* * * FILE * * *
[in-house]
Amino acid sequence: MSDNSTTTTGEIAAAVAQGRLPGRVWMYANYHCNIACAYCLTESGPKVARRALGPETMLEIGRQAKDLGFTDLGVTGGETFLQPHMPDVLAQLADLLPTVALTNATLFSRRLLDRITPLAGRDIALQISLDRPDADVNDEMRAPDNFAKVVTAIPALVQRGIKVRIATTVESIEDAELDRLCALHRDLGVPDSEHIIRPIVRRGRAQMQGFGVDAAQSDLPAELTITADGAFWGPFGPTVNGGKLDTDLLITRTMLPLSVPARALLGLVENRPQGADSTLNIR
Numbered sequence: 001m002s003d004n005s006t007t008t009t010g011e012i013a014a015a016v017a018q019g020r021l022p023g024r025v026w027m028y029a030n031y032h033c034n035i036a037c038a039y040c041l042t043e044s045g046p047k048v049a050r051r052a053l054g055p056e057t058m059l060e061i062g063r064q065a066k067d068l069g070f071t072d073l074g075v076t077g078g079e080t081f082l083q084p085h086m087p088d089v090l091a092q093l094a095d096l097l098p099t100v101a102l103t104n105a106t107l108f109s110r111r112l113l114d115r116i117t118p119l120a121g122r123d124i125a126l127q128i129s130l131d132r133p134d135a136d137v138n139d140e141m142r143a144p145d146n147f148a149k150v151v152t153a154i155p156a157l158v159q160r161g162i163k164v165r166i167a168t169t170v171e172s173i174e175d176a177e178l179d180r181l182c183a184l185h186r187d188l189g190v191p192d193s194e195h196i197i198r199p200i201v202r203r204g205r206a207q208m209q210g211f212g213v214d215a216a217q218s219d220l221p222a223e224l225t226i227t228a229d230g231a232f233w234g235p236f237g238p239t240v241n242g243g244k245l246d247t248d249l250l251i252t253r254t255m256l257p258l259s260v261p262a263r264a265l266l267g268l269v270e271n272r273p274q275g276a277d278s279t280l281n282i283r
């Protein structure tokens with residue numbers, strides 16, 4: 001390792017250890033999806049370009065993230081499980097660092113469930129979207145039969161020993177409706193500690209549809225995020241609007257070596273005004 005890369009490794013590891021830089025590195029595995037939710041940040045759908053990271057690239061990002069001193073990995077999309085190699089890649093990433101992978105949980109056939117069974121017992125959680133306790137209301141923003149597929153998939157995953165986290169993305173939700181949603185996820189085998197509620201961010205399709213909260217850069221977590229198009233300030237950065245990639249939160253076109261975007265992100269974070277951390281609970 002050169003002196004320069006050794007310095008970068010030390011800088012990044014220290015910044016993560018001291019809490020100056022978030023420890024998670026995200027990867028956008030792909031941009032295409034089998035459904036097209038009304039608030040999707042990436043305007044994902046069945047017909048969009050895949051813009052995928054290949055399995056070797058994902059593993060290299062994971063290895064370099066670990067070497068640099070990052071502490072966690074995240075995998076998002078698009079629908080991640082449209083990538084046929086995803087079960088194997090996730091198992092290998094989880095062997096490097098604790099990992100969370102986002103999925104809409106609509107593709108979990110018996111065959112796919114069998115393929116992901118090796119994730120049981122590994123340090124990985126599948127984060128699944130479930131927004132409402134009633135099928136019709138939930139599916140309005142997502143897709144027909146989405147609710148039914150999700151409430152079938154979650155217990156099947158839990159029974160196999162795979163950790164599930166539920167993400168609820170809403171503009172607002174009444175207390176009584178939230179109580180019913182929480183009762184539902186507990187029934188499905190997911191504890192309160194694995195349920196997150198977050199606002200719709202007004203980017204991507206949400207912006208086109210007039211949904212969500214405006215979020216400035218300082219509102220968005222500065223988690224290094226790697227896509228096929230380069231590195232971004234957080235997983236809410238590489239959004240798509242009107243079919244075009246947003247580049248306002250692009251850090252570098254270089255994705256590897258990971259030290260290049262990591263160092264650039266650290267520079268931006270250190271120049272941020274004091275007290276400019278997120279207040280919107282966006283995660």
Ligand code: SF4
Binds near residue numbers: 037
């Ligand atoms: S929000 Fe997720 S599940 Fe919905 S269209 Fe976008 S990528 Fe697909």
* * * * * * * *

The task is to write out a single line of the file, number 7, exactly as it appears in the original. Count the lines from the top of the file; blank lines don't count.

């Ligand atoms: S929000 Fe997720 S599940 Fe919905 S269209 Fe976008 S990528 Fe697909």